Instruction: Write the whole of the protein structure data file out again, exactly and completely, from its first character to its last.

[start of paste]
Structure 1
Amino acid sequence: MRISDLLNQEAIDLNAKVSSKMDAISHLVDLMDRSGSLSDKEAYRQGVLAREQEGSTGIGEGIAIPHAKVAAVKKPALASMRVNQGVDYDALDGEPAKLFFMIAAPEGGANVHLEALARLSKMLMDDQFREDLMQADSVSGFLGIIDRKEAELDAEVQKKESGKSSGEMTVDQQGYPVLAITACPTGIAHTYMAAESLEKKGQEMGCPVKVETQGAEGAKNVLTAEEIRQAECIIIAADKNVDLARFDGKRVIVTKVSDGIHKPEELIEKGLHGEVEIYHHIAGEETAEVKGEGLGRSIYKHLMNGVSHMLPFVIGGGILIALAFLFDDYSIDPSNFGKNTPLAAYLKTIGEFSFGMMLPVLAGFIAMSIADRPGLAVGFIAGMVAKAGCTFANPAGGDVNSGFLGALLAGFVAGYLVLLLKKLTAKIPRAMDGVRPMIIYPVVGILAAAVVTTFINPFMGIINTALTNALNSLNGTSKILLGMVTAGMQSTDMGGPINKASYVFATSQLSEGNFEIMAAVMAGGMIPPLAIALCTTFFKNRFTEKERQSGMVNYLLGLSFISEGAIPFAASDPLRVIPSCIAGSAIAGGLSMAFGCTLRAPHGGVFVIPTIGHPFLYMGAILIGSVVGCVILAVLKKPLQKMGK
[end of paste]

Structure 1
Amino acid sequence: MRISDLLNQEAIDLNAKVSSKMDAISHLVDLMDRSGSLSDKEAYRQGVLAREQEGSTGIGEGIAIPHAKVAAVKKPALASMRVNQGVDYDALDGEPAKLFFMIAAPEGGANVHLEALARLSKMLMDDQFREDLMQADSVSGFLGIIDRKEAELDAEVQKKESGKSSGEMTVDQQGYPVLAITACPTGIAHTYMAAESLEKKGQEMGCPVKVETQGAEGAKNVLTAEEIRQAECIIIAADKNVDLARFDGKRVIVTKVSDGIHKPEELIEKGLHGEVEIYHHIAGEETAEVKGEGLGRSIYKHLMNGVSHMLPFVIGGGILIALAFLFDDYSIDPSNFGKNTPLAAYLKTIGEFSFGMMLPVLAGFIAMSIADRPGLAVGFIAGMVAKAGCTFANPAGGDVNSGFLGALLAGFVAGYLVLLLKKLTAKIPRAMDGVRPMIIYPVVGILAAAVVTTFINPFMGIINTALTNALNSLNGTSKILLGMVTAGMQSTDMGGPINKASYVFATSQLSEGNFEIMAAVMAGGMIPPLAIALCTTFFKNRFTEKERQSGMVNYLLGLSFISEGAIPFAASDPLRVIPSCIAGSAIAGGLSMAFGCTLRAPHGGVFVIPTIGHPFLYMGAILIGSVVGCVILAVLKKPLQKMGK